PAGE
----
Among them is Karnes City ISD just to our north.
Wayne Block, business manager in Karnes ISD, said that district should be in the clear this year despite its new classification.
“This year, even though we are Chapter 41, we don’t foresee actually sending money back to the state,” he said. He does expect to receive less money from the state though.
Next year, thanks to Eagle Ford drilling, things will be quite different.
He estimates the district will have to send back $20 million. Karnes City ISD’s budget is only $10 million.
“The frustrating part is that the target revenue system will keep us receiving about $4,800 per student target revenue, which is the bottom 14 percent of the state,” he said.
But for districts like Pawnee, the only school in this county classified as a Chapter 41 district, this is nothing new, although the numbers are considerably smaller.
Elaine Richardson, Pawnee superintendent, said that the district has been classified as a Chapter 41 district for about the past 10 years.
“Some schools are on it because they have real estate wealth, and then there is also mineral wealth, and that is why we are on it,” she said.
This past year, she said, the district paid the state half a million dollars.
Richardson said losing that much money hurts, especially when the district budget is only $2 million.
Block said, “Almost everybody agrees that schools are not funded on an equal basis.”
That is the frustrating part for school administrators too.
And it’s cases like this that are spurring groups to fight the Robin Hood system.
“The fact that more districts qualify for this status than ever before reinforces the fact that our method of funding public education is broken. Texas has just over 1,000 school districts and having close to 400 of them considered property wealthy shows that there is not enough money in the system overall,” said Christy Rome, executive director of the Texas School Coalition.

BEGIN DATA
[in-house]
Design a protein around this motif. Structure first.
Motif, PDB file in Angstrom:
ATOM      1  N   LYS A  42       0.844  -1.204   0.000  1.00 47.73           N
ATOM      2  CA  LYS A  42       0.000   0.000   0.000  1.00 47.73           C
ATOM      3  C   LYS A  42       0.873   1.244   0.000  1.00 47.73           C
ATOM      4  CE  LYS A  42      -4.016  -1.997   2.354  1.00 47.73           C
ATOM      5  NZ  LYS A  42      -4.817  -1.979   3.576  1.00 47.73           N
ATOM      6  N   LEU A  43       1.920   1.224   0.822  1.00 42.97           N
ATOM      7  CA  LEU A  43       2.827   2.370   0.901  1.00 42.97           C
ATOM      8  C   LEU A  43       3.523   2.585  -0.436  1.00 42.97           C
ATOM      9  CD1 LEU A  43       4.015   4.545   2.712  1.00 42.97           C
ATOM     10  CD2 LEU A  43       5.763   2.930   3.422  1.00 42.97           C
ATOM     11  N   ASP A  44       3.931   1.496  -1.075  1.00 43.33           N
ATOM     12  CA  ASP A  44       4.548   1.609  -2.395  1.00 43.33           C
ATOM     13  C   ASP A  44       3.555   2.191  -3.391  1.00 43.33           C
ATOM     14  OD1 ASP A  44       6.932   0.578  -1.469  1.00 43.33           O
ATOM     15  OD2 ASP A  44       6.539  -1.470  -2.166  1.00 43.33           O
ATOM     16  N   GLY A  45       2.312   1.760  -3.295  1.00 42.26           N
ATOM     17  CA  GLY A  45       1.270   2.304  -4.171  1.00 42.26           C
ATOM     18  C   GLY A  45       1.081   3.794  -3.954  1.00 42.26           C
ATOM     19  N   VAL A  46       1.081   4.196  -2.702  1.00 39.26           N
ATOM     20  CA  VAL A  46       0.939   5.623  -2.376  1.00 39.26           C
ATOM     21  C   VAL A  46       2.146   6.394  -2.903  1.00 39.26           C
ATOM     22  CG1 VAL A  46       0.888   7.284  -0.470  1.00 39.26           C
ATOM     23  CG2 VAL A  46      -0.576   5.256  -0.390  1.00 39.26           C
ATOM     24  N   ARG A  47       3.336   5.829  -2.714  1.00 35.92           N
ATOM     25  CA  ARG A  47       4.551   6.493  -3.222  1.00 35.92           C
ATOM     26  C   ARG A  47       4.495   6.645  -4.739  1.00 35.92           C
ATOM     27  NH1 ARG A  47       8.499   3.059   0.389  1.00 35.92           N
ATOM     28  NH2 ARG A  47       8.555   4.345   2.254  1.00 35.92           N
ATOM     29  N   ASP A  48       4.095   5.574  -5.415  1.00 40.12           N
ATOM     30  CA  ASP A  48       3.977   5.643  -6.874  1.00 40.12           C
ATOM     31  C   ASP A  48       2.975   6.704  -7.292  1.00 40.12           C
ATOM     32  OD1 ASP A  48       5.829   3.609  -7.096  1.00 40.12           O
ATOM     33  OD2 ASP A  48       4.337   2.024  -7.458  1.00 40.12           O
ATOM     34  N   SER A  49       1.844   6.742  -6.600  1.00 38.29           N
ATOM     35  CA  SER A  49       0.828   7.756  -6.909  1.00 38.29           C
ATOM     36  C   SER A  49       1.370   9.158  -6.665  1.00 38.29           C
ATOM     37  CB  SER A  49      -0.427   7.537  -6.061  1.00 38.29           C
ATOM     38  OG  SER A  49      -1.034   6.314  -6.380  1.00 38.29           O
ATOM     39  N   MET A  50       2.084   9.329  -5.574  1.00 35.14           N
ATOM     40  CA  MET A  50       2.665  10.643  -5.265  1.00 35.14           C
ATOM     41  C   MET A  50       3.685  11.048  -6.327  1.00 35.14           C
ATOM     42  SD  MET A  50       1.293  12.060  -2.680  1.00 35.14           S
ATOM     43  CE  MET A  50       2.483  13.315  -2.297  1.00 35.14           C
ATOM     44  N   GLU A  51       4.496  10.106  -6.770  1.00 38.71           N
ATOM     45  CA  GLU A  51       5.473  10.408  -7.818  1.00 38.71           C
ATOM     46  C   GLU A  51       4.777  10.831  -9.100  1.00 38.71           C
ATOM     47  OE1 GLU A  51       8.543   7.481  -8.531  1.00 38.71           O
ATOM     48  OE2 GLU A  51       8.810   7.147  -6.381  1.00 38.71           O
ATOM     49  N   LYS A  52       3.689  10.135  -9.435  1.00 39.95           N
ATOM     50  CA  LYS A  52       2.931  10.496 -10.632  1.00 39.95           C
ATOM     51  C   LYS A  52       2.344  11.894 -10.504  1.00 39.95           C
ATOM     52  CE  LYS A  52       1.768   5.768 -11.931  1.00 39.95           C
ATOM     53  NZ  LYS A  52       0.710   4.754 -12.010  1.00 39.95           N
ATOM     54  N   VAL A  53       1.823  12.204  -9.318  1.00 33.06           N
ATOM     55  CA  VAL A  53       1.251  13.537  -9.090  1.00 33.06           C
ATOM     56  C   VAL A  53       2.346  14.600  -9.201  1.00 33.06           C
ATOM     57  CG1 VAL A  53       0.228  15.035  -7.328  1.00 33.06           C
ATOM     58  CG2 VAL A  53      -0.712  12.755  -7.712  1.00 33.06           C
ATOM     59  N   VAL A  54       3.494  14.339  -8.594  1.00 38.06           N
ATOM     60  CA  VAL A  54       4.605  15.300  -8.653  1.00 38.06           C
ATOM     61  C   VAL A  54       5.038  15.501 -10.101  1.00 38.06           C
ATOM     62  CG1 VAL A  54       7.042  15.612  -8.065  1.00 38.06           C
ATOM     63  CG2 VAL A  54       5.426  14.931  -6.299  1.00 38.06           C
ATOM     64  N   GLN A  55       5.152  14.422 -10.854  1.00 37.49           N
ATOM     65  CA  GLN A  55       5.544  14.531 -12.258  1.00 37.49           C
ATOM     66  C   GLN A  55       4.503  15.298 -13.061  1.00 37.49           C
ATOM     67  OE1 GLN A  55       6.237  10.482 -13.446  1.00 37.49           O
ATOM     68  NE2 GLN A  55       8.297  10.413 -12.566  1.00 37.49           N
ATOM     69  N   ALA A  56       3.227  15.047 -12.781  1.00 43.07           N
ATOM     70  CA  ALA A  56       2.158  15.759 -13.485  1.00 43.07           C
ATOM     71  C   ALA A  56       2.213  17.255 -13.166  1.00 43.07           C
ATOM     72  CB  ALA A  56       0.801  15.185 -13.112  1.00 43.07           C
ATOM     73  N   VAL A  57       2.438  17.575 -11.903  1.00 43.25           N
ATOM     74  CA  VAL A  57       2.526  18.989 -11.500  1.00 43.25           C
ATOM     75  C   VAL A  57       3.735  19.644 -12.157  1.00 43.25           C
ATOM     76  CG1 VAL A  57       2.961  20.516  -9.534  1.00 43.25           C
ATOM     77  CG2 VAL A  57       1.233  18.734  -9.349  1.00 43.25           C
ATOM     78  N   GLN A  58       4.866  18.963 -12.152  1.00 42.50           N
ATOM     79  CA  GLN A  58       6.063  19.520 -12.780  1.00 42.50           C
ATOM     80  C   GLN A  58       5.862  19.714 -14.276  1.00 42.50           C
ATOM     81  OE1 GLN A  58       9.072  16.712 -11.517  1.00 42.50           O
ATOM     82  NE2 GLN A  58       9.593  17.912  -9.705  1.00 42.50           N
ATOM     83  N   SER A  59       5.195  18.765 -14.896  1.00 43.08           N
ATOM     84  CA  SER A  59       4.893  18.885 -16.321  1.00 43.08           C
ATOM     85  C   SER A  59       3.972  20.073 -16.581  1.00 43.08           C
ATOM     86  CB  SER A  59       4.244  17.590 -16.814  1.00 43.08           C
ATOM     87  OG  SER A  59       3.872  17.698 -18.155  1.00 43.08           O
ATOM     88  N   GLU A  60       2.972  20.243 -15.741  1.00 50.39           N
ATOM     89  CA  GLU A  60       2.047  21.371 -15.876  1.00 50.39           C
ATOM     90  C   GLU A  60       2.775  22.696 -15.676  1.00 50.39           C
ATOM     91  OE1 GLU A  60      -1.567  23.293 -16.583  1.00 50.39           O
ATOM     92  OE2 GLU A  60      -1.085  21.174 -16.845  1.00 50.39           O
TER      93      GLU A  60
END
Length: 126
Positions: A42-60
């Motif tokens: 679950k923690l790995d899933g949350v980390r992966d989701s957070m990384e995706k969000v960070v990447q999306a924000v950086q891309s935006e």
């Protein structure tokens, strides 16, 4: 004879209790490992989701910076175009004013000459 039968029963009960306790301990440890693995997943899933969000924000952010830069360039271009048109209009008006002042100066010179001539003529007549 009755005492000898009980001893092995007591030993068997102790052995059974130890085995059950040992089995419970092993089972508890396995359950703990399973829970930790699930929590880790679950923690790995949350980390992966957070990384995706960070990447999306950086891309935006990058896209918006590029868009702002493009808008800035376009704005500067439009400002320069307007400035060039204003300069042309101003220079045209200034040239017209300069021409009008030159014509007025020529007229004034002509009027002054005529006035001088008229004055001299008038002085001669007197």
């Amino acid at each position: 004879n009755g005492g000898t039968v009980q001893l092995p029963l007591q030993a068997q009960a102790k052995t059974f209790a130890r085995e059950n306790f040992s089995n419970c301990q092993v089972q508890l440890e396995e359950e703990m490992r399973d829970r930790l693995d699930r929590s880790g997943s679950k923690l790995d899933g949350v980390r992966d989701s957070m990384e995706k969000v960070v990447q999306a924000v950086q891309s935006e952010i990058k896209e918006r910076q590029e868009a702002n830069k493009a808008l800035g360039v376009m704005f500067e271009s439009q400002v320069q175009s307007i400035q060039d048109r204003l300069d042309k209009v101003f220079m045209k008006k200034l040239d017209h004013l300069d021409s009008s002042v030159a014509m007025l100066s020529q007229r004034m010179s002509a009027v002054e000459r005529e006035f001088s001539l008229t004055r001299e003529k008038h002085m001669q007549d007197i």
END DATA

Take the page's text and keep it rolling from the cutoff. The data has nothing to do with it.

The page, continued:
“The State has lowered the standard of wealth, and rather than bringing districts up and investing in education, more districts are seeing their level of funding being brought down,” Rome said. “Robin Hood was meant to raise the floor, but now the ceiling is being brought down on the heads of Texas students.”
Richardson said she has mixed emotions about the current program.
“A lot of the other schools that aren’t Chapter 41 struggle because of the property value issue,” she said. “I don’t begrudge them.”
“The system isn’t fair. I don’t know if I have an answer for it.”
The Robin Hood system of school finance began in 1993 and applied to 35 school districts. It took 14 years to reach 164 revenue-contributing districts but only five years to add the next 210 districts.
“Over half of the students in revenue-contributing districts throughout the state are economically disadvantaged,” Rome said, “and now their taxpayers will be asked to send money into Austin. It will come as a shock to many in these communities, but somehow the myth continues that these districts are primarily made up of wealthy students and parents.”
Richardson said that the residents of Pawnee ISD are likewise not wealthy and have the same expenses as the rest of the community.
Their perk is the existence of gas wells in the area and now the Eagle Ford wells and the new gas processing plant under construction.
“When your values go down, it is hard to raise enough money,” she said.
Without a solution to the funding issue, Richardson said the district is awaiting results from pending and proposed lawsuits.
“I guess we will see what happens when they go to court,” she said.
As for the residents, they too must wait out the outcomes.
“What are they going to do?” she said. “It is basically out of their hands.”
Jason Collins is the editor at the Bee-Picayune and can be reached at 358-2550, ext. 121, or at editor@mySouTex.com.